reads in pure binary mode, so transferred
blocks of data should not be more than 256
bytes. If half-duplex with remote acknowl‐
edgement is implemented, binary applications
can be supported.
ioctl() System Call Requests
The following system call limitations apply:
The ability to send a break
without waiting for previous data to be sent
is not provided at the system level in or
DDFA. Receiving a Telnet break command in
the DTC allows it to generate a break on
The DTC output queue cannot be flushed.
Hardware handshake request
Not supported on DTC.
Local handshake cannot be disabled on DTC.
There is no way to separately set modem lines of a DTC port.
Modem timers, CD timer, connect timer, and disconnect cannot be
CCITT simple, and direct call-in/call-out modes
DTC cannot handle simple mode because there
is programmatic interface for modem signals.
Call-in mode cannot be simulated if the port
is opened, because modem signals (or the
call) must be present within 2 minutes or
the connection is cleared.
No way to get device adapter information.
No programmatic call to download the DTC.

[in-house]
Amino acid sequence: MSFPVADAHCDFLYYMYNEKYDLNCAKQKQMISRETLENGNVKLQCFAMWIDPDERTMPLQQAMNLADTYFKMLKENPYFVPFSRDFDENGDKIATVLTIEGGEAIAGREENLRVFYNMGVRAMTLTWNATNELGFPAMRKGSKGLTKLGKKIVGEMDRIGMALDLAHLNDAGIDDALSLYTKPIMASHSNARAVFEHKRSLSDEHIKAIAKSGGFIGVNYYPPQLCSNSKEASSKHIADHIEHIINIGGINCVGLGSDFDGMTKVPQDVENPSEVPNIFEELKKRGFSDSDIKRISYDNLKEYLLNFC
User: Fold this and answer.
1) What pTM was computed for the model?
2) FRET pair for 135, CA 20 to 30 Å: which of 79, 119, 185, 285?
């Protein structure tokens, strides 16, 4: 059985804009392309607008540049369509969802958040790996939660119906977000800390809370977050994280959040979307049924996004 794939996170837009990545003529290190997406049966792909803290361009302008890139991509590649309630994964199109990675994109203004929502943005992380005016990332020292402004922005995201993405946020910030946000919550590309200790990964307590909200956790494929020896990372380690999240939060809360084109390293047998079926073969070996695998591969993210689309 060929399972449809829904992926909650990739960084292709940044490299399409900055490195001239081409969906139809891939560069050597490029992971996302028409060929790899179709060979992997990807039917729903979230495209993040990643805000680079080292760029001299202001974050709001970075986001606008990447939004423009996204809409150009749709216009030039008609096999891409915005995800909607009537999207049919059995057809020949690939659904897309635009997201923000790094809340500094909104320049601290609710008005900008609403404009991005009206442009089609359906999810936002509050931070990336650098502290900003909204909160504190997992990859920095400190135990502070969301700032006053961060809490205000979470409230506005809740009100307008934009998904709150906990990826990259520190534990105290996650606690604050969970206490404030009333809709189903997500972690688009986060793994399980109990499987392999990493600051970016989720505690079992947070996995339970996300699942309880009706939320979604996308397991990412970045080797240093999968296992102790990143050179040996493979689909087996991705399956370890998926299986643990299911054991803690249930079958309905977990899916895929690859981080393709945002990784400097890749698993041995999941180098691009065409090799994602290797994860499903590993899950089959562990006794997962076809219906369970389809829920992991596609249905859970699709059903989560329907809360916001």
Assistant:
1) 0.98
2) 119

No programmatic interface to get such info.
In order to ensure that commands (such as ps) display the cor‐
rect device file name (that is, the pseudonym), all pseudonyms
should be placed into the directory If pseudonyms are not speci‐
fied for placement in this directory, the correct display of
device file names with many commands is not guaranteed.
In addition, in order to ensure that commands (such as and work cor‐
rectly, each pseudonym must be unique in its first 17 characters
(including the directory prefix If pseudonyms are not unique in their
first 17 characters, the correct functioning of many commands is not
Also, in order to reliably handle timing mark negotiations (and ensure
that files printing on a printer attached to a terminal server have
been completely flushed to that printer), the following line must be
added near the end of each printer interface script for printers
attached to a terminal server:
The printer interface scripts reside in the directory The line must be
added just prior to the final command in each printer interface script.
If this line is not added as specified, the printing reliability of
printers attached to a terminal server is not guaranteed.
FILESSEE ALSOdpp(1M), ocd(1M), ocdebug(1M), ioctl(2), dp(4), pcf(4), ioctl(5),